Drug policy lies behind inmates' deaths

August 21, 1999|By Gregory Kane

MAYORAL candidate Carl Stokes stood in front of the city's central booking facility Thursday afternoon, pleading for those who seldom have anyone speak out for them: jail and prison inmates.

Stokes wanted to know exactly why Patricia Sharon Gardner died Aug. 7 in one of the cells of his city's central booking facility. He found out about Gardner's death at an East Baltimore rally last week, when a woman pulled him aside and asked for his help.

"She told me Gardner and two other women she knew had died at central booking in the last three months," Stokes told the assembled media folks. The woman then asked Stokes to take a walk around the block with her.

"We didn't know where we were going," said Kelley Ray, spokeswoman for the Stokes campaign. "We ended up at Gardner's funeral."

The woman had taken them to Evans Temple Memorial Church of God. Within a few moments, Stokes had gone from mayoral candidate attending a rally to a mourner at Gardner's funeral. At times during Thursday's news conference, he held up the folded piece of paper with Gardner's picture on the front, the four-page "homegoing" literature traditionally handed out at funerals.

At the funeral, Stokes soon found himself talking to Gardner's son, who said he learned his mother had been screaming for help, crying out, shouting just before she died.

Stokes also talked to the family of Bernadette Johnson, who said she died in the central booking center on June 19. Both women, Stokes said, may have been drug addicts. Corrections officials confirmed that Gardner and Johnson were in jail on drug charges. Stokes used the news conference to ask Gov. Parris Glendening to investigate the deaths of Gardner and Johnson.

LaMont Flanagan, the commissioner for the Division of Pretrial Detention and Services, issued a news release within hours of Stokes' news conference. Flanagan provided scant information on the deaths of Gardner and Johnson, saying only that they died of "natural causes." Neither woman died in central booking, Flanagan said, adding that no one has died in central booking this year. Of 21,500 detention center inmates, Flanagan said, nine have died this year. Johnson died at Johns Hopkins Hospital, and Gardner died at the Women's Detention Center, a building separate from central booking.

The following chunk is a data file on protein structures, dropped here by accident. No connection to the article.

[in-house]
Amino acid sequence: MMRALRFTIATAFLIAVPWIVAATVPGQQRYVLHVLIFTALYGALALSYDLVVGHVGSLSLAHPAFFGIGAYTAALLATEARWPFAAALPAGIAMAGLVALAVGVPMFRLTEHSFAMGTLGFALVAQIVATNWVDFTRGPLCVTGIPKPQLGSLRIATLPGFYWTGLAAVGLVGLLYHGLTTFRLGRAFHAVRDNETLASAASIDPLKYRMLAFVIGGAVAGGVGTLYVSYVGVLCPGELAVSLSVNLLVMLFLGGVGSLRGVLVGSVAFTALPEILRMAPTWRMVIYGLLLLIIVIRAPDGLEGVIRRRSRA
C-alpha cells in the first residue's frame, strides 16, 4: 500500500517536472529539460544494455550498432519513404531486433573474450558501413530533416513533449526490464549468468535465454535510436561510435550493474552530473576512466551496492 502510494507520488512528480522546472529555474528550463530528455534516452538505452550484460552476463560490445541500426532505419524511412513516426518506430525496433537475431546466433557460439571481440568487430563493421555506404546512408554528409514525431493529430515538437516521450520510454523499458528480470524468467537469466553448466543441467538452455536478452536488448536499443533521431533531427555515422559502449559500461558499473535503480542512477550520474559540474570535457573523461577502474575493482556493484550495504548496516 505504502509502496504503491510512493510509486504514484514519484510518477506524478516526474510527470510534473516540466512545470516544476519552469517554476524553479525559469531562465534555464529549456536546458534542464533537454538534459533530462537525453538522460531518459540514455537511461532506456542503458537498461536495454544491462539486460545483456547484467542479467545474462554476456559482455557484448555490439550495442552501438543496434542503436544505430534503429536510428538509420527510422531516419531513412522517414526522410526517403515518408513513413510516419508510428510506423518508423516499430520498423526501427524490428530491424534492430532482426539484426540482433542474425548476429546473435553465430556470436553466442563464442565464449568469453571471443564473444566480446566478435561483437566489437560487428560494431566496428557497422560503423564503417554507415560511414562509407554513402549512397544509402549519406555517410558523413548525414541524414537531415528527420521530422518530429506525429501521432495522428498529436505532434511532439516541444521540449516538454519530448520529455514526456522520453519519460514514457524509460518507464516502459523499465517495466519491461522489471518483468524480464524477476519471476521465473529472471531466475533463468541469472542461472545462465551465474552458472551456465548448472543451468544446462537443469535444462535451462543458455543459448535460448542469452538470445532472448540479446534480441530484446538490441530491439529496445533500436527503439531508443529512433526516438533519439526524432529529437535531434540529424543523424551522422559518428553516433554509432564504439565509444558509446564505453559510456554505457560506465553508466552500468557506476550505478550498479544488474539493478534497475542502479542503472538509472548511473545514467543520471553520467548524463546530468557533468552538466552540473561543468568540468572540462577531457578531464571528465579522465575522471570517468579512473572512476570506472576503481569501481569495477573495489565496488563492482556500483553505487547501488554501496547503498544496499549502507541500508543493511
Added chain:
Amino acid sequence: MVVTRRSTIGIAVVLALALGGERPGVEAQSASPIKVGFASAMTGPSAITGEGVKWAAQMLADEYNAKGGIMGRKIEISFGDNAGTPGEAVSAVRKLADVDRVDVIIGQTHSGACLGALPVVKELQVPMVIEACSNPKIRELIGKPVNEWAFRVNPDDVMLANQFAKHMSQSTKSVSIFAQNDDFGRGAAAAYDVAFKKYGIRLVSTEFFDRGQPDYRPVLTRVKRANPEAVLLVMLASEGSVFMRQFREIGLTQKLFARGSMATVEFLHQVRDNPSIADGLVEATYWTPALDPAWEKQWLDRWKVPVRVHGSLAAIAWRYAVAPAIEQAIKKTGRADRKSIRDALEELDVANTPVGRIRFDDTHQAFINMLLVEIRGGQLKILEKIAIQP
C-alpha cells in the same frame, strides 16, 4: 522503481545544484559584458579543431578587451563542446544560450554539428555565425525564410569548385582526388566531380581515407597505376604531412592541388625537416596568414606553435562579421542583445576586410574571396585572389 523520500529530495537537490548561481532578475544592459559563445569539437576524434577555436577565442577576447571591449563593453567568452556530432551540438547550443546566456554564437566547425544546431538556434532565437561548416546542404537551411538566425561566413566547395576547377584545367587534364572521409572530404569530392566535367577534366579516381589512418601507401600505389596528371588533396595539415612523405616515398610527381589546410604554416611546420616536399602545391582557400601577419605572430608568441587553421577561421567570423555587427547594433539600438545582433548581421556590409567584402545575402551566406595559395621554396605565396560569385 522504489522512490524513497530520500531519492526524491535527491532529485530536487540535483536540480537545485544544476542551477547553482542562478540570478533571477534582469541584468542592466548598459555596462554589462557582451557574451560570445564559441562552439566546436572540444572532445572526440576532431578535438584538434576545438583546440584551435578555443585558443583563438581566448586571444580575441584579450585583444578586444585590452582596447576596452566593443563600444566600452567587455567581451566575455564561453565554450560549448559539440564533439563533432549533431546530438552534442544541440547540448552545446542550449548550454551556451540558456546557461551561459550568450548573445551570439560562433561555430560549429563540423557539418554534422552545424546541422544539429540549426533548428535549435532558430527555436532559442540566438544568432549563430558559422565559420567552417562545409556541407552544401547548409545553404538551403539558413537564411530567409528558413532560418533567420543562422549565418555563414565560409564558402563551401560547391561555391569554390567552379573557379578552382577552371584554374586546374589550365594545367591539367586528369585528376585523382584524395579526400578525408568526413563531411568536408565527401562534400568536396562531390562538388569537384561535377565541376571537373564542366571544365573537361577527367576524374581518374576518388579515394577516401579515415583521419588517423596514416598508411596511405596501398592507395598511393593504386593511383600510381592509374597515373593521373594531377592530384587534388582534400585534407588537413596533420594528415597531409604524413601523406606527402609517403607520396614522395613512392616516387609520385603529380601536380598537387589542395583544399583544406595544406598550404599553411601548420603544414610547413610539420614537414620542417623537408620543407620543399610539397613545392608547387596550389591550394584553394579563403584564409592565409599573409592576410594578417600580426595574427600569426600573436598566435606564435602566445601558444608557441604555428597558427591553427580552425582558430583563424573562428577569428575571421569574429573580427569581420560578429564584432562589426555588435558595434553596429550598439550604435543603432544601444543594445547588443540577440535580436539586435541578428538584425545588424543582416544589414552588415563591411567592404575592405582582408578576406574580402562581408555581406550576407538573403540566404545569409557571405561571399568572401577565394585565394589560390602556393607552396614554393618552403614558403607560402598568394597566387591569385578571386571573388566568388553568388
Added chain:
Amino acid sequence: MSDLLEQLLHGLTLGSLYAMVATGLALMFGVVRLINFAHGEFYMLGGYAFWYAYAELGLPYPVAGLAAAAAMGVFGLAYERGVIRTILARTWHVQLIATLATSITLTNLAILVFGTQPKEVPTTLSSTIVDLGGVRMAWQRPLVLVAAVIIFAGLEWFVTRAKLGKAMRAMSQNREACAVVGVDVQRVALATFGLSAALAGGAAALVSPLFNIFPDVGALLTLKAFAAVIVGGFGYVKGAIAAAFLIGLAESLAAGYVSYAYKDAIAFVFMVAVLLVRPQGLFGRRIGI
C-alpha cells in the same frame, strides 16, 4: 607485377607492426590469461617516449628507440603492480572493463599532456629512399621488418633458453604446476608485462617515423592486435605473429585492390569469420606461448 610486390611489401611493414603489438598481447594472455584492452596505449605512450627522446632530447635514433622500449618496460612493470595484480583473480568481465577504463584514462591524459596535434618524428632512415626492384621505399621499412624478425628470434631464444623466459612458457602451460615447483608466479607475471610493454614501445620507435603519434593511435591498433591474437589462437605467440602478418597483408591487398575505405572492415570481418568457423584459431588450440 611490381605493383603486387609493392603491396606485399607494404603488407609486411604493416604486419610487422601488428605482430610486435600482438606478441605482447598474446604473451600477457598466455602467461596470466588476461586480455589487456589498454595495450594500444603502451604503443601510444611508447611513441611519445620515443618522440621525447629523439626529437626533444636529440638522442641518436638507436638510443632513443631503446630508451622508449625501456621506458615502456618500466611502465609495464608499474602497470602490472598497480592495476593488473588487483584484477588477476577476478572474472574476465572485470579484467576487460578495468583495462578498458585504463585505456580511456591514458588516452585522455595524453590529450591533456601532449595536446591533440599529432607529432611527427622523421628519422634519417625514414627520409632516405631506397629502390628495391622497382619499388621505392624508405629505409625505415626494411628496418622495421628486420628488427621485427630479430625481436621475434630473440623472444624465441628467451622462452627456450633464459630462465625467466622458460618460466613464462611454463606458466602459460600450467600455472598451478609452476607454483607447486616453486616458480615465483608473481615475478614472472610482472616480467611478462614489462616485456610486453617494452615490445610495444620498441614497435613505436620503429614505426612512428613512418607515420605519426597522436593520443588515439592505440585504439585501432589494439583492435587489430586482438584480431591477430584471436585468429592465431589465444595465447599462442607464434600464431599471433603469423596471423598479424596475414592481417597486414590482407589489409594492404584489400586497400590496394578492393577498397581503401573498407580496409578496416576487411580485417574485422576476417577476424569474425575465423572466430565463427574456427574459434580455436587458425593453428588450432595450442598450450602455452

"A doctor on the scene examined her," Barbara Cooper, a division spokeswoman, said of Gardner's death, "and found no evidence of foul play."

But Stokes never claimed foul play was involved. He suggested that medical staff with the division might need better training and repeated his call for drug treatment on demand.

"We need to bust the drug dealers," Stokes said. "We need to take them down and bury them. But there are thousands of people out here who are sick."

Stokes and Flanagan -- who kept missing each other in a game of phone tag before the news conference -- may unknowingly be on the same page. Flanagan says that in Baltimore, correctional facilities have become de facto health care agencies.

"There's an array of illnesses that permeate the justice system," Flanagan said. Inmates come in with kidney ailments, heart problems, HIV infections, venereal disease and malnutrition -- all drug-related.

"The venereal disease was so high that the Center for Disease Control requested they use our facility to do serum surveys," Flanagan continued. A dialysis unit at the Maryland State Penitentiary serves inmates with kidney problems. Division staff now administer anti-HIV drugs to inmates.

"It's the business of corrections to hold in custody those accused or convicted of violating the law," Flanagan noted. "Corrections is being asked to assume the duties of other agencies in society. We're everything to everybody. That's not what corrections was created for."

Stokes recalled how two addicts arrested in a Northwest Baltimore drug raid begged to be given drug treatment rather than be sent to jail. The city accommodated them, as it did 13 other addicts who called in the next day.

"I want those who are obviously addicted in good care," Stokes said, "not in central booking where they are held two, three, maybe four days." Drug dealers, Stokes noted, can usually make bail in a couple of hours because they have money. The addicts, the sick ones, languish in jail, straining the budgets of commissioners like Flanagan.

This isn't a public health crisis. It's a public health nightmare. Our nation's "lock 'em up' policy for drug addicts treats the problem as neither. If we're looking for the culprits in the deaths of Patricia Gardner and Bernadette Johnson, we need look no further than ourselves and our baffling belief that we should lock up sick people instead of hospitalizing them.

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